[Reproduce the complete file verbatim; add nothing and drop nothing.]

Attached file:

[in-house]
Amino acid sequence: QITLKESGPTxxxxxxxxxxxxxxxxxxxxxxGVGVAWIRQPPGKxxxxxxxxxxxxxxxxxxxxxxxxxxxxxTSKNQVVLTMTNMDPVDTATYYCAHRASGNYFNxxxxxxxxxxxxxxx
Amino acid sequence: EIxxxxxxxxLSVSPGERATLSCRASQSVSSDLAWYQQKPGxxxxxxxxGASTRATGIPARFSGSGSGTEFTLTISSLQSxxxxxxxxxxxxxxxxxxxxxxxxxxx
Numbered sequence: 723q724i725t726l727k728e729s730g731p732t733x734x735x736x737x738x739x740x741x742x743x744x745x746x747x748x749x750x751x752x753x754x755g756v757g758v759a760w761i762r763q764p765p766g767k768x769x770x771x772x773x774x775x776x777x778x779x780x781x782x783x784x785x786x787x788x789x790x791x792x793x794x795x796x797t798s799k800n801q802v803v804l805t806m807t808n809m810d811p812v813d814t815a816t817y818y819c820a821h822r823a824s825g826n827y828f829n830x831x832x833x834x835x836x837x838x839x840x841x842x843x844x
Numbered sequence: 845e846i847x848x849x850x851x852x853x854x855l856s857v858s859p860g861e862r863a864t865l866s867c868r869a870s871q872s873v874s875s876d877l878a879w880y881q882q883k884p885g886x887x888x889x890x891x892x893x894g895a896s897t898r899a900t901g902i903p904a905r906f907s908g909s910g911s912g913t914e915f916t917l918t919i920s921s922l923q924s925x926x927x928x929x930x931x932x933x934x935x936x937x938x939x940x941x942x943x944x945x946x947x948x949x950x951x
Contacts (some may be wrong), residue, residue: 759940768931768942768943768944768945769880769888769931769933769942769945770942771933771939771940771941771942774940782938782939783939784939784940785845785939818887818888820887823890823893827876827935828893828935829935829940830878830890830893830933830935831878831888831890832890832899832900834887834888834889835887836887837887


[in-house]
Amino acid sequence: QITLKESGPTxxxxxxxxxxxxxxxxxxxxxxGVGVAWIRQPPGKxxxxxxxxxxxxxxxxxxxxxxxxxxxxxTSKNQVVLTMTNMDPVDTATYYCAHRASGNYFNxxxxxxxxxxxxxxx
Amino acid sequence: EIxxxxxxxxLSVSPGERATLSCRASQSVSSDLAWYQQKPGxxxxxxxxGASTRATGIPARFSGSGSGTEFTLTISSLQSxxxxxxxxxxxxxxxxxxxxxxxxxxx
Numbered sequence: 723q724i725t726l727k728e729s730g731p732t733x734x735x736x737x738x739x740x741x742x743x744x745x746x747x748x749x750x751x752x753x754x755g756v757g758v759a760w761i762r763q764p765p766g767k768x769x770x771x772x773x774x775x776x777x778x779x780x781x782x783x784x785x786x787x788x789x790x791x792x793x794x795x796x797t798s799k800n801q802v803v804l805t806m807t808n809m810d811p812v813d814t815a816t817y818y819c820a821h822r823a824s825g826n827y828f829n830x831x832x833x834x835x836x837x838x839x840x841x842x843x844x
Numbered sequence: 845e846i847x848x849x850x851x852x853x854x855l856s857v858s859p860g861e862r863a864t865l866s867c868r869a870s871q872s873v874s875s876d877l878a879w880y881q882q883k884p885g886x887x888x889x890x891x892x893x894g895a896s897t898r899a900t901g902i903p904a905r906f907s908g909s910g911s912g913t914e915f916t917l918t919i920s921s922l923q924s925x926x927x928x929x930x931x932x933x934x935x936x937x938x939x940x941x942x943x944x945x946x947x948x949x950x951x
Contacts (some may be wrong), residue, residue: 759940768931768942768943768944768945769880769888769931769933769942769945770942771933771939771940771941771942774940782938782939783939784939784940785845785939818887818888820887823890823893827876827935828893828935829935829940830878830890830893830933830935831878831888831890832890832899832900834887834888834889835887836887837887